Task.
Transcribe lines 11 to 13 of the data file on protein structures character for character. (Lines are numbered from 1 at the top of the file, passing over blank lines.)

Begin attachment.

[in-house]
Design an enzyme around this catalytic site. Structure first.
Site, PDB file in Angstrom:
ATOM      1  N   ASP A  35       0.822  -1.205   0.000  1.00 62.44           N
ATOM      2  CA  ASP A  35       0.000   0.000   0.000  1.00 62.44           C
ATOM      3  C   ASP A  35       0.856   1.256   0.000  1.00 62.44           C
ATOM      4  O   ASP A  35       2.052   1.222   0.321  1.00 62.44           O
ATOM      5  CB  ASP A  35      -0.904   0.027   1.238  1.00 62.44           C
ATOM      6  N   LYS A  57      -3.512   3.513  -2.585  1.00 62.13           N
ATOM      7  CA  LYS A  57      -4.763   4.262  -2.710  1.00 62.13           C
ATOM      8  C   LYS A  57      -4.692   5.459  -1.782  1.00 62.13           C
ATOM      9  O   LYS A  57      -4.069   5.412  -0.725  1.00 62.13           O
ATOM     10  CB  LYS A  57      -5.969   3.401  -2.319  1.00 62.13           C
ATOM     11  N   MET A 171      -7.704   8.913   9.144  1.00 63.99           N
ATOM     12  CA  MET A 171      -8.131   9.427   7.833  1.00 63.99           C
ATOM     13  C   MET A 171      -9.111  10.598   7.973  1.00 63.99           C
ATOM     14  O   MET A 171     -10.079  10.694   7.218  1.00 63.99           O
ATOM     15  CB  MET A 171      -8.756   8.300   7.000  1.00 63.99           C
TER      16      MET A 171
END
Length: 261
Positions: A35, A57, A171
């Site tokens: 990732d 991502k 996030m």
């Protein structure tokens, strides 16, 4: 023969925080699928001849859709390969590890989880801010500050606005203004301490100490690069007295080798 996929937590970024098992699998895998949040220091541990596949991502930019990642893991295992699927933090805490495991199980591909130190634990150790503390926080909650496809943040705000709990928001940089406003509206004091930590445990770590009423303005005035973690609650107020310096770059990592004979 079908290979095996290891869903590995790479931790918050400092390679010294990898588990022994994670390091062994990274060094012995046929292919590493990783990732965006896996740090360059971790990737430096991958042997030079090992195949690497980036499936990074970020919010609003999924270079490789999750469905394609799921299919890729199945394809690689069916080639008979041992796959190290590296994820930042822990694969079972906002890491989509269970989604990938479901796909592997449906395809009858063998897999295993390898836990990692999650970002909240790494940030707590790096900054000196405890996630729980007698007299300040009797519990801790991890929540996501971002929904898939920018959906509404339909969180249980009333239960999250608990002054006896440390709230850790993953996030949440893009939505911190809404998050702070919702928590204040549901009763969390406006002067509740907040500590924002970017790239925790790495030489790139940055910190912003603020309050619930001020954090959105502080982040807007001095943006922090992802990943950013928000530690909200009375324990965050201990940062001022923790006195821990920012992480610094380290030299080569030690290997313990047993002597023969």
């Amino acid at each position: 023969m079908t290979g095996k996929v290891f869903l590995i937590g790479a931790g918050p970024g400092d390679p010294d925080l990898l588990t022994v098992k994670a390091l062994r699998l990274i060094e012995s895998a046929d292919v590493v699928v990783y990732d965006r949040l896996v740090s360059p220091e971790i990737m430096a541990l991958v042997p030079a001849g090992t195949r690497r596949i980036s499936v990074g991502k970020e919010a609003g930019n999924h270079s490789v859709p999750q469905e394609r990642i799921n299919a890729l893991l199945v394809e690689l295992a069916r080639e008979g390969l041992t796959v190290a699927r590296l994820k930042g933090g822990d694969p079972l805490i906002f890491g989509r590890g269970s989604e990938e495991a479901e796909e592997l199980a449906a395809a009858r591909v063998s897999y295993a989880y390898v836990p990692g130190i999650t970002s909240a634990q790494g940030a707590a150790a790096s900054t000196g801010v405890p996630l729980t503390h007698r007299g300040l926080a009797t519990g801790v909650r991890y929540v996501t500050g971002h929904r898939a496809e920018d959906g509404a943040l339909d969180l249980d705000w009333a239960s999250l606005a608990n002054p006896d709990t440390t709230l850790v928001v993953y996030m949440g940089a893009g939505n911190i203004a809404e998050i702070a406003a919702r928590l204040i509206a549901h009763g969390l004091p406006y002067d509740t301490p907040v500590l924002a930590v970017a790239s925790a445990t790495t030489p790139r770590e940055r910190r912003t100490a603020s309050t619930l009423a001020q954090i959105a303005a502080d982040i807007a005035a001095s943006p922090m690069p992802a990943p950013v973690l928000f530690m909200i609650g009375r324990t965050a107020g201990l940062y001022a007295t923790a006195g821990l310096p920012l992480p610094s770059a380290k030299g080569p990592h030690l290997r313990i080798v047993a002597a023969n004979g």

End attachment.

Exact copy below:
ATOM      8  C   LYS A  57      -4.692   5.459  -1.782  1.00 62.13           C
ATOM      9  O   LYS A  57      -4.069   5.412  -0.725  1.00 62.13           O
ATOM     10  CB  LYS A  57      -5.969   3.401  -2.319  1.00 62.13           C